Fish and Chips: The good companion

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Winston Churchill went as far as calling them “the good companions”.  John Lennon covered  his with ketchup. Michael Jackson, not often deemed a traditionalist, “fancied” them with mushy peas. Achieving nearly iconic status and hailed as a hero through two world wars and for generations beyond, fish and chips has created millions of memories while helping to invigorate Britain’s industrial primacy.

This simple dish – eaten with greasy fingers during a family holiday, as pay-day reward for a job well done at the end of the work week, or a late-night snack when the “munchies” took over on the way home from night out at the pub.  Few even try to resist the mouth-watering combination – moist white fish in crisp golden batter, served with a generous portion of hot chips.

Soldiers of the Duke of Wellington’s Regiment (West Riding) line up for Fish and Chips from a mobile shop set up in the Wathgill Camp during manoeuvers in August 1936 in Richmond, Yorkshire. Photos: Hulton Archive/Getty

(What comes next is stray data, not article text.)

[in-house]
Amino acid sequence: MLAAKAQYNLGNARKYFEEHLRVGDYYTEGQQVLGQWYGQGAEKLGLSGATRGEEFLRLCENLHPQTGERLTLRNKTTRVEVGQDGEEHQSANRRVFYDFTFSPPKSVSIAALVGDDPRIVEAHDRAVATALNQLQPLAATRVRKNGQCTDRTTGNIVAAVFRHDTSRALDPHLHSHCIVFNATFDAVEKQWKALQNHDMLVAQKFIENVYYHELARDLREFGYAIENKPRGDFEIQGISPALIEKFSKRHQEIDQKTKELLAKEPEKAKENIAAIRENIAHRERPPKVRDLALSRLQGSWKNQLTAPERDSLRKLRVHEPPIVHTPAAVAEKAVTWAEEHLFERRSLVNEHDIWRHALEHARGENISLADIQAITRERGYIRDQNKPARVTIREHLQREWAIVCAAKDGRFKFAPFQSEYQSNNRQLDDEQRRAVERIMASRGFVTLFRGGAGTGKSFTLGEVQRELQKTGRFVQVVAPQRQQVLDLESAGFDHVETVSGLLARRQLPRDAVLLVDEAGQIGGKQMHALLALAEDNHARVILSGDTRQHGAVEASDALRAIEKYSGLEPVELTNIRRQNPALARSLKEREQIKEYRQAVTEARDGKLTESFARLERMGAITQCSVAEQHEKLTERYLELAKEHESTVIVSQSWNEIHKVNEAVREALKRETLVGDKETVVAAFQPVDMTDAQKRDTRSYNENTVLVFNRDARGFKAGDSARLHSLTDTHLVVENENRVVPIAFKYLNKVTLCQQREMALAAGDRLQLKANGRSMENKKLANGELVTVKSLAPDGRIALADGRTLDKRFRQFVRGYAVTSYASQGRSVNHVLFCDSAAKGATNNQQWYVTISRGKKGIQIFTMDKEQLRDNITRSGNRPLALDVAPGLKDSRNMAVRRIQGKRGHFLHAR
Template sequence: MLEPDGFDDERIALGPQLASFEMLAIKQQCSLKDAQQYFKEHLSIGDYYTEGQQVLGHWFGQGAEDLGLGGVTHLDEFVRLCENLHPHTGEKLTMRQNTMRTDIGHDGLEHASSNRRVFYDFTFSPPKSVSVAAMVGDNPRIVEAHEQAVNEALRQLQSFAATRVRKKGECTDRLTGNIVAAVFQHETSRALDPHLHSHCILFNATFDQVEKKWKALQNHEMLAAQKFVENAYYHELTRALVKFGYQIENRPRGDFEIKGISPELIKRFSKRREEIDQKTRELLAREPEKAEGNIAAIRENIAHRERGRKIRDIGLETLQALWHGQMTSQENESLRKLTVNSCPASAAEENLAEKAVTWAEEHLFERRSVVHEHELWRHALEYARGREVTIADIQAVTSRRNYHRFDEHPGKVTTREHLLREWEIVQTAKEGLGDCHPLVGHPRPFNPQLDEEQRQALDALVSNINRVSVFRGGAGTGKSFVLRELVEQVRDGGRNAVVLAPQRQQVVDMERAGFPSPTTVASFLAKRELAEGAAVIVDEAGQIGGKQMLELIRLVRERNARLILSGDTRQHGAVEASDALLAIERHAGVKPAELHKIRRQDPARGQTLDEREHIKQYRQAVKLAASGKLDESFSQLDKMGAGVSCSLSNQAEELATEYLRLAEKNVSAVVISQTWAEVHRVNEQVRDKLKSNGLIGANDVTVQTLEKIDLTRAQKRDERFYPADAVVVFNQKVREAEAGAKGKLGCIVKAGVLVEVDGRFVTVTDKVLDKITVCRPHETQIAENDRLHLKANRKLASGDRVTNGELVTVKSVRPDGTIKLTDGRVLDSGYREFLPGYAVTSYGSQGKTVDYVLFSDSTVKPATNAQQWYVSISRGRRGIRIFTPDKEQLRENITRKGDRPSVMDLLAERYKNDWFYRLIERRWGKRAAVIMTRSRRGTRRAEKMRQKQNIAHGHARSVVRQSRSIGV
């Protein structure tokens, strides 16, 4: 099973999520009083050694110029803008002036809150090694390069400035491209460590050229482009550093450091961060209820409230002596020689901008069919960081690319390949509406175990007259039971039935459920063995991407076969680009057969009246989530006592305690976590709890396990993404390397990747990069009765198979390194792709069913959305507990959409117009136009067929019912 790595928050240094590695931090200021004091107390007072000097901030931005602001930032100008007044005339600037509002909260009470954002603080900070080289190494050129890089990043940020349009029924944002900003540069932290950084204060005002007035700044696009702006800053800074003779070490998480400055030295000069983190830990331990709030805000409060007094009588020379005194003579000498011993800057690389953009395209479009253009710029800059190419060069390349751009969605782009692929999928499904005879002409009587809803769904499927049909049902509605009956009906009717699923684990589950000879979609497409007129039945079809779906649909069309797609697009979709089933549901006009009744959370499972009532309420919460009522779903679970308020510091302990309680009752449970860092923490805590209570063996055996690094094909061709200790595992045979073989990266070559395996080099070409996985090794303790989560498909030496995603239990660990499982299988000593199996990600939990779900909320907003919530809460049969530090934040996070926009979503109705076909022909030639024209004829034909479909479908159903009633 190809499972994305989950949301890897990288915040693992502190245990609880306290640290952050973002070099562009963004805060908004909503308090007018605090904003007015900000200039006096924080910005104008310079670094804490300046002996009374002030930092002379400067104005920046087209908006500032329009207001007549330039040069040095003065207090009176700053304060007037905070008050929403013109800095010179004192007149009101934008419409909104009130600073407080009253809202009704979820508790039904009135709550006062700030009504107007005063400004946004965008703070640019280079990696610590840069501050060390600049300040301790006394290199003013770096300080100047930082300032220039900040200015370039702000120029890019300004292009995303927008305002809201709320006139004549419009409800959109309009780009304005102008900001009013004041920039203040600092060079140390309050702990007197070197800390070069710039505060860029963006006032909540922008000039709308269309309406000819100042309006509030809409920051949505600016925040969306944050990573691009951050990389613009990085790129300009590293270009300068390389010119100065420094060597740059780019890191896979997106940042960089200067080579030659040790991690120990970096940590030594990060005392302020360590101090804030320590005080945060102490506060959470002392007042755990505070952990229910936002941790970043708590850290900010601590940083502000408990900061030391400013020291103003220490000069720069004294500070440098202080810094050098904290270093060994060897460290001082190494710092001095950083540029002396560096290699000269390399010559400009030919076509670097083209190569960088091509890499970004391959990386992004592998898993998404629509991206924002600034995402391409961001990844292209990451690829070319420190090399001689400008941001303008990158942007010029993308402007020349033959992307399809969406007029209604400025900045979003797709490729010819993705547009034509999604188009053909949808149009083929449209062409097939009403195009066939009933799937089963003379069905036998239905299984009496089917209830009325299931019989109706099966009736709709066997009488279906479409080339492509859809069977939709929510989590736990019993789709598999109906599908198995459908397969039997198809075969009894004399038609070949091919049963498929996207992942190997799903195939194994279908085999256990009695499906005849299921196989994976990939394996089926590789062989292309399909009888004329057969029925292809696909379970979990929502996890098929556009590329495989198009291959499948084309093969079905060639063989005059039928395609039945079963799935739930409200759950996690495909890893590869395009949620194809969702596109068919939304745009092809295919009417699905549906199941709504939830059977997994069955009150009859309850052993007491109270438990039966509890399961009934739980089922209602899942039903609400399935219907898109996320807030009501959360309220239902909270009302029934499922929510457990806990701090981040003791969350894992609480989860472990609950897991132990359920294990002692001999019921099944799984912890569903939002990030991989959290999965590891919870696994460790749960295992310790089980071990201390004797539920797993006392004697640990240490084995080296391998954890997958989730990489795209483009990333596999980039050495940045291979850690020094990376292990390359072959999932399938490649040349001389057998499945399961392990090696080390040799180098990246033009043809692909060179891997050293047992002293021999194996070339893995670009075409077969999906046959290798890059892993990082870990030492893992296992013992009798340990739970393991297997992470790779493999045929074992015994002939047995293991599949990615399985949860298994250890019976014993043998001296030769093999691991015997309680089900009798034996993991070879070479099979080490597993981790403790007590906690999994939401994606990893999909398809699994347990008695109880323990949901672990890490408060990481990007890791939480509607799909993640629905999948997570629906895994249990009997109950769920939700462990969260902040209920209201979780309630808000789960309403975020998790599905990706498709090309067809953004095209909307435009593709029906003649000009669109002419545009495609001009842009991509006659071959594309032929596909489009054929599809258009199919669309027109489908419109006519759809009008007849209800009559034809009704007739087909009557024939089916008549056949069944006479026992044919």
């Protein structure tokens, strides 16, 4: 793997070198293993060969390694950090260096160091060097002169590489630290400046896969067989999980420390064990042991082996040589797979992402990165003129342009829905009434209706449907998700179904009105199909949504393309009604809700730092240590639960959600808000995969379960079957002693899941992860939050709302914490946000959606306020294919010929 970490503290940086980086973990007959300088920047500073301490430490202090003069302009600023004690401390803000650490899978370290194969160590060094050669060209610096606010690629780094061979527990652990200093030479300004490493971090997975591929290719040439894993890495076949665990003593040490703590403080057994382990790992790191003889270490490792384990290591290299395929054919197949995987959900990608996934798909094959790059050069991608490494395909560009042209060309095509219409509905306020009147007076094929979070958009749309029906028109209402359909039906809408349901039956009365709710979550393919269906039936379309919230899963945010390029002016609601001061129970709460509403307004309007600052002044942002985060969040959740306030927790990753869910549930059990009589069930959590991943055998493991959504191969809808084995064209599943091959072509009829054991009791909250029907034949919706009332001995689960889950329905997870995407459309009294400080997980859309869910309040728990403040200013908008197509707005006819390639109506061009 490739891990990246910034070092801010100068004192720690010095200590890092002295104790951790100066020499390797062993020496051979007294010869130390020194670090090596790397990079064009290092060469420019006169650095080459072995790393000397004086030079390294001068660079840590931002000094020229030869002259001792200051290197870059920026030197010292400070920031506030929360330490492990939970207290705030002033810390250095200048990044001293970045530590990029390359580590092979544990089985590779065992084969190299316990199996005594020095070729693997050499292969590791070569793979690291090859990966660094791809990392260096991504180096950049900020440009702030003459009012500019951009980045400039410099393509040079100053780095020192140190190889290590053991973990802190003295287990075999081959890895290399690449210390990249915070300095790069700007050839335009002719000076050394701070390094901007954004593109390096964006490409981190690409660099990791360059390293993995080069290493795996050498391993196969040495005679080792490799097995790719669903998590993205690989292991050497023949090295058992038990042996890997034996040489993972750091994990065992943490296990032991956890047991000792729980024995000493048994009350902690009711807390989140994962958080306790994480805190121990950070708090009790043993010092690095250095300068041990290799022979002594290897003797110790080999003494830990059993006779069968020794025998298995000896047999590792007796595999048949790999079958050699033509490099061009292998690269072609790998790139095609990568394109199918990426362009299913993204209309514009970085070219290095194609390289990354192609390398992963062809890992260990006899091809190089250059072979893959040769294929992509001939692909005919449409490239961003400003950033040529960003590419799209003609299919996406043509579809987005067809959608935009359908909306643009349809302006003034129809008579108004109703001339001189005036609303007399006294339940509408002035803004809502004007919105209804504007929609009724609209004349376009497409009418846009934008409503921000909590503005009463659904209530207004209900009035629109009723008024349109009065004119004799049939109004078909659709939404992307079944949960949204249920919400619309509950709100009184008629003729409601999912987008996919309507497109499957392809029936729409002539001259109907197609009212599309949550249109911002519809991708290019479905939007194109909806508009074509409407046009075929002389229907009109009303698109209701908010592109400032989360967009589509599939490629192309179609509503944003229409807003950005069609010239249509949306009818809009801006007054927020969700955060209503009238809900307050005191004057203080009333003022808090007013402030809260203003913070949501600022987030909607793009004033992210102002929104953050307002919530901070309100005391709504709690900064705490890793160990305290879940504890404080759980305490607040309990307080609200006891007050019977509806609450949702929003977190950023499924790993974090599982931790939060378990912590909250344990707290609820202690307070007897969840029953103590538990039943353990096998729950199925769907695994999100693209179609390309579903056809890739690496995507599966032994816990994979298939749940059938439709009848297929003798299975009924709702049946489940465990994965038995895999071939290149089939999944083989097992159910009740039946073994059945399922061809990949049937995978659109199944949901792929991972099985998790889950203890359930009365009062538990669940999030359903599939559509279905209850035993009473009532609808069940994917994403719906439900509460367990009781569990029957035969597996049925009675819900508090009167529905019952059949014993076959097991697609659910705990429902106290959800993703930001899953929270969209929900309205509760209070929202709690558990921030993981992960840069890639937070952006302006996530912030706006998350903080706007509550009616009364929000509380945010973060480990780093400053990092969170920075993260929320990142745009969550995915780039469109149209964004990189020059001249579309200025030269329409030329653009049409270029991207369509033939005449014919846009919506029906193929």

The inter-World War years marked the heyday of fish and chips. There were 35,000 cafes and fish bars serving on the streets of Britain and the largest, Picton’s in Margate, served 700 at a sitting. Even now, with fast food chains competing for tummy room, the UK still supports 10,500 fish-and-chip shops, serving some 170 million meals worth more than £1 billion a year in consumer revenue.

Strange then, given how utterly British this meal became, that no one put a fried fish and a fried chip side by side until about 1860. Strange too, that each half of the national dish originated overseas.

Sure, there was fried fish before this nation-building culinary marriage. There were fried chips as well, but not together, sprinkled with the same vinegar. So how did it happen?

Poster, Eat More Fried Fish — A Hot Favourite.
circa 1950s

Chips appear to have come from Belgium, although there’s a fierce rivalry between the Belgians and the French as to just who ‘invented’ the chip. The fact that it was considered “peasant” food may explain the lack of certainty in the history.

Some say the 1860 date is controversial, those ‘some’ being from Oldham in Manchester, where there’s a rival claim to being the first. Here, in 1863, John Lees began selling fish and chips from a wooden hut in Mossley Market and later opened a shop under the sign ‘Lee’s Chip Potato Restaurant: Oldest Estd. in the World’.

There will probably never be a final settling of that argument, but wherever and whenever the idea occurred, the resultant meal has become as British as the monarchy, and as popular, too.

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